Three-dimensional printing has become a popular method for making objects with complex geometries. But use of metal alloys with the technique, which could produce components for aerospace and automotive applications, has lagged. Of the 5,500 alloys in industrial use today, only about 10 can be printed. That’s because metal alloys are typically 3-D printed by rastering a laser across a bed of metal alloy powder to fuse it layer-by-layer. But the way these alloys crystallize as they cool usually results in many little cracks, and therefore poor mechanical properties, in the printed part.
By adding just 1% of zirconium hydride nanoparticles to high-strength aluminum alloy powder, researchers at HRL Laboratories and the University of California, Santa Barbara, managed to eliminate these small cracks, creating superior 3-D printed aluminum alloys (Nature 2017, DOI: 10.1038/nature23894). The technique could potentially be used on many different alloys, dramatically expanding the number of metals that are compatible with the manufacturing process.
“Our approach was to change the way these materials solidify,” explains J. Hunter Martin, who led the research team. The nanoparticles have just the right geometry to act as seed crystals throughout the molten alloy, providing a multitude of tiny nucleation sites for the alloy to crystallize around.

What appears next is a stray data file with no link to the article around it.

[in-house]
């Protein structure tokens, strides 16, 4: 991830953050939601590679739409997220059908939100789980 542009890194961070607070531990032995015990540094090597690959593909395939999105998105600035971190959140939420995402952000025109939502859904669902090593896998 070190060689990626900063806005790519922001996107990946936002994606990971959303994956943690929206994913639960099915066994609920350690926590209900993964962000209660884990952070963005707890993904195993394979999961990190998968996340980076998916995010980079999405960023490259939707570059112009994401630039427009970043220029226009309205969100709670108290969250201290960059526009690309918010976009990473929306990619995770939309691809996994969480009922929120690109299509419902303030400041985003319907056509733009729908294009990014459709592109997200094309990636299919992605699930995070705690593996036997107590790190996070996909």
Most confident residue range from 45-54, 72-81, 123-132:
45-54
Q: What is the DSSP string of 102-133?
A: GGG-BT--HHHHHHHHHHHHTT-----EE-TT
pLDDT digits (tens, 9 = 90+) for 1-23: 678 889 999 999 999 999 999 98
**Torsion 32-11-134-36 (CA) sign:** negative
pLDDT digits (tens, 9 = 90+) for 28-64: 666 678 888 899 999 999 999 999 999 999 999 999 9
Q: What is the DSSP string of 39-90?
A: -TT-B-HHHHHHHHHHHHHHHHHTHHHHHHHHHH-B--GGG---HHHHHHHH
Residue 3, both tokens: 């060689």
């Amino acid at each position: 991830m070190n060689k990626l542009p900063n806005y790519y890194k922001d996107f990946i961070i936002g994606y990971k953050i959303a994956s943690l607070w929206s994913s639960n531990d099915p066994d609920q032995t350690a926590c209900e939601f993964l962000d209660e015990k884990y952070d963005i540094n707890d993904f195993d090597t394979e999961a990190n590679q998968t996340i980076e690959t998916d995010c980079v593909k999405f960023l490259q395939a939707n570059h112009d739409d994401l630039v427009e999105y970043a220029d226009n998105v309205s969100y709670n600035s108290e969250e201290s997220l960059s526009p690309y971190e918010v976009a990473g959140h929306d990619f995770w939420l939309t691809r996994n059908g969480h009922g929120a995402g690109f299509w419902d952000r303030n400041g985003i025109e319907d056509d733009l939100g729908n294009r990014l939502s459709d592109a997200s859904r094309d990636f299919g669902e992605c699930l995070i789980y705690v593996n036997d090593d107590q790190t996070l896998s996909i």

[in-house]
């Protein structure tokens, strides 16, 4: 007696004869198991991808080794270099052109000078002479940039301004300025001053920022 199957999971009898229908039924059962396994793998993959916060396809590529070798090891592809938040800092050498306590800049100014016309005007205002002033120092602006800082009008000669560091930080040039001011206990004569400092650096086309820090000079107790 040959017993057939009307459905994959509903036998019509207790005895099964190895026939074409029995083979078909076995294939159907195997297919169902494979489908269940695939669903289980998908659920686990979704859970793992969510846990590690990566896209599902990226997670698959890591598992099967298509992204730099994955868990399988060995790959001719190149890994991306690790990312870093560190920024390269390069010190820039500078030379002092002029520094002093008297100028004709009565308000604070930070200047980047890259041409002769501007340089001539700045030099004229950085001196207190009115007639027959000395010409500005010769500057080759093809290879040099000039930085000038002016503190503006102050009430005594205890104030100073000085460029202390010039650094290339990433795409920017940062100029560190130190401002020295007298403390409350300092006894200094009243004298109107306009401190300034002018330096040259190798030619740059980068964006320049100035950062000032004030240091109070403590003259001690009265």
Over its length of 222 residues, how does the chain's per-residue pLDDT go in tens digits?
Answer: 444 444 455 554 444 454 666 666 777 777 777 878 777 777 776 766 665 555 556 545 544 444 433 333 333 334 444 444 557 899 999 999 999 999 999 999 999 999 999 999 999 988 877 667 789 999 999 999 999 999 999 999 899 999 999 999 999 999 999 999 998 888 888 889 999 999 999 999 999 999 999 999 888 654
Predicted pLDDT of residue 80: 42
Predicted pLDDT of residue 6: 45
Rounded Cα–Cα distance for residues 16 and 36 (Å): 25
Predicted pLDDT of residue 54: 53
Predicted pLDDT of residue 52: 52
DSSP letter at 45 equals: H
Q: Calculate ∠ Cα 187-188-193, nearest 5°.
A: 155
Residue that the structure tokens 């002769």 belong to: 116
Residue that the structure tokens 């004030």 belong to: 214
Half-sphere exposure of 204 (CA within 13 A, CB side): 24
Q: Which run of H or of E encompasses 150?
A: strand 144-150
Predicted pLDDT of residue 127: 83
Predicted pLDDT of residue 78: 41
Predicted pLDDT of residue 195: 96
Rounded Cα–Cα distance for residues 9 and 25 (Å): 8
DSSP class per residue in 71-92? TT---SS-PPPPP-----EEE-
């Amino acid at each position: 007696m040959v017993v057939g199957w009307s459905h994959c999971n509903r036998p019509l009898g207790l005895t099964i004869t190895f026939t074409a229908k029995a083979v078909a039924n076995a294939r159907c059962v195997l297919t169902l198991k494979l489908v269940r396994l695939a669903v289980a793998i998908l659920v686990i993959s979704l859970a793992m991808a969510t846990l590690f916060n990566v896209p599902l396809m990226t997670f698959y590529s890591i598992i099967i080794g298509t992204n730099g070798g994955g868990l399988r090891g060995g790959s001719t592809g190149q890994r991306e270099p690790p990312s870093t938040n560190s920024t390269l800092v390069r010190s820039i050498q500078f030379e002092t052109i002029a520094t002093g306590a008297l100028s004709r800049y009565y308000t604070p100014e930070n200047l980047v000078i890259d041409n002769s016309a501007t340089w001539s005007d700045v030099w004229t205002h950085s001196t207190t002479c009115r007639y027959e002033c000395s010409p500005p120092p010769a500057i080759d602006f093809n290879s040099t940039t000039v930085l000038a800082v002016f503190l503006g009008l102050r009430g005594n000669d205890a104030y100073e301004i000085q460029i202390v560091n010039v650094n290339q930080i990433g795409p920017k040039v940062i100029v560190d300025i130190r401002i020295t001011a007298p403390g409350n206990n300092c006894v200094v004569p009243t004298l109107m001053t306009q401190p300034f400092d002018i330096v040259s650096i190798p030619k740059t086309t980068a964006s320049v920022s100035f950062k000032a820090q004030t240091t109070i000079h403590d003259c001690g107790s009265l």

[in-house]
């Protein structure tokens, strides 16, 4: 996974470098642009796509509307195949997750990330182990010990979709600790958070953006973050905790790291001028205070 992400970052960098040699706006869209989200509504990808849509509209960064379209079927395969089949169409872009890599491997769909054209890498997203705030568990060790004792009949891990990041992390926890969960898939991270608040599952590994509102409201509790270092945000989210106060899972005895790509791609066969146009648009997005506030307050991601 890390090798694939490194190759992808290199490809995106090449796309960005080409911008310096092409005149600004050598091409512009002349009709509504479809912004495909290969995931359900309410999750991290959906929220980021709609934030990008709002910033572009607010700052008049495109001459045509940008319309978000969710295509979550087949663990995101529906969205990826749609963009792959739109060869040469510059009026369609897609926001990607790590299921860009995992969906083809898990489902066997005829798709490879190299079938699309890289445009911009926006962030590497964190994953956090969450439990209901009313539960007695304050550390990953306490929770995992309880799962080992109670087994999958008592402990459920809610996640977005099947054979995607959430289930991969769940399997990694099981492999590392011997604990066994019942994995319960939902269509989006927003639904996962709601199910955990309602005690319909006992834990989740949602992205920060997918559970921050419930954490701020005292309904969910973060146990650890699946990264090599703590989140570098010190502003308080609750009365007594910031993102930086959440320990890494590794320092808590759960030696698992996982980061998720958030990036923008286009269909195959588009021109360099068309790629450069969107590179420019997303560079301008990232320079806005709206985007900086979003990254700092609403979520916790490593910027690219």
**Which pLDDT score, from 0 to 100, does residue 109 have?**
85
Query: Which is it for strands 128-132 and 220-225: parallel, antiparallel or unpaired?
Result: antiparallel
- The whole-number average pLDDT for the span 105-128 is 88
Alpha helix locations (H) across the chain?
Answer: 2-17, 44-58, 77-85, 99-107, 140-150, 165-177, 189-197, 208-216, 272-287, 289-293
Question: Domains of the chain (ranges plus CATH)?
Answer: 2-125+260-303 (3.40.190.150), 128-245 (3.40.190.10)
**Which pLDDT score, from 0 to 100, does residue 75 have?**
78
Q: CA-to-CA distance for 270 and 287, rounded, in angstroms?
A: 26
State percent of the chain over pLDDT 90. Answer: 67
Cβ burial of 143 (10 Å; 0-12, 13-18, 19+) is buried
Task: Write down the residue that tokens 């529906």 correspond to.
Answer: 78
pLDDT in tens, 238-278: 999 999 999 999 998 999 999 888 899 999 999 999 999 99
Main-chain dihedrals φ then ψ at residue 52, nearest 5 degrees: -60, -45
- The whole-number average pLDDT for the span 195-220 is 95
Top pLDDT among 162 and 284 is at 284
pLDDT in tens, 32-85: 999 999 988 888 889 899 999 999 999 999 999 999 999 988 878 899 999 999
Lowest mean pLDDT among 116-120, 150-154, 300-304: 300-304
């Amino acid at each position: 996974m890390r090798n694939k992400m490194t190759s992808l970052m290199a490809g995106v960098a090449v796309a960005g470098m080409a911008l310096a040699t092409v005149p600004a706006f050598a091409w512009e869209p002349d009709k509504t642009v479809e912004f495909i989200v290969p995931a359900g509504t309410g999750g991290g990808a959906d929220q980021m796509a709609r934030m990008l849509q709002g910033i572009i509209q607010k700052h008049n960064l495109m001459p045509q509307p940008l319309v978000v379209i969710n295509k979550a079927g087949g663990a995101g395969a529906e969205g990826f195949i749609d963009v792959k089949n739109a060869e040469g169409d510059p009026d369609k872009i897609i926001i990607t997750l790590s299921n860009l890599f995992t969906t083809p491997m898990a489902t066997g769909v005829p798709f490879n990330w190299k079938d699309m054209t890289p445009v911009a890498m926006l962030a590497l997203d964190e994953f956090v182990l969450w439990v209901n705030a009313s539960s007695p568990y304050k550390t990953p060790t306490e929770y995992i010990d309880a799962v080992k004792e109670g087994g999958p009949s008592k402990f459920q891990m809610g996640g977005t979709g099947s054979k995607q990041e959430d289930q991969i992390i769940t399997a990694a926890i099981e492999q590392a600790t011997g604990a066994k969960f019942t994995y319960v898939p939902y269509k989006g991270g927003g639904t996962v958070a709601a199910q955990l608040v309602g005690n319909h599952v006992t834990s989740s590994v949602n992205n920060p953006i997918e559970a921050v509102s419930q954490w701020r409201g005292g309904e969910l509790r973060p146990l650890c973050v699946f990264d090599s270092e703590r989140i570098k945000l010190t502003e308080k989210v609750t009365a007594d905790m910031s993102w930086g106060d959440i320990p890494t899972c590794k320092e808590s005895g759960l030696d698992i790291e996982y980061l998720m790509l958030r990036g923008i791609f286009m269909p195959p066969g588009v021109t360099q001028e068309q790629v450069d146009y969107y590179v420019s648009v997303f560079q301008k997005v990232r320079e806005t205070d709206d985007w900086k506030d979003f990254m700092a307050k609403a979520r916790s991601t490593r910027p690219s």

“The approach used here is an elegant and simple way to enable 3-D printing of aluminum alloys, which are important for many applications but have been difficult to print until now,” comments Michael Dickey, an expert in liquid metal alloys at North Carolina State University.
Martin says that the nanoparticles don’t increase the materials costs by a substantial margin and that they’re easy to incorporate into the alloy powders using HRL’s proprietary process. His team is currently working on scaling up the process to 3-D print hundreds of kilograms of metal alloys at a time.
Even so, Martin says, there are many hurdles to overcome before the technique is used commercially simply because the process and the materials are new. Once widely adopted, however, 3-D printed alloys could dramatically change how metal parts are made, Martin notes. “The vision is that you’d have full geometric freedom to design any component you want.”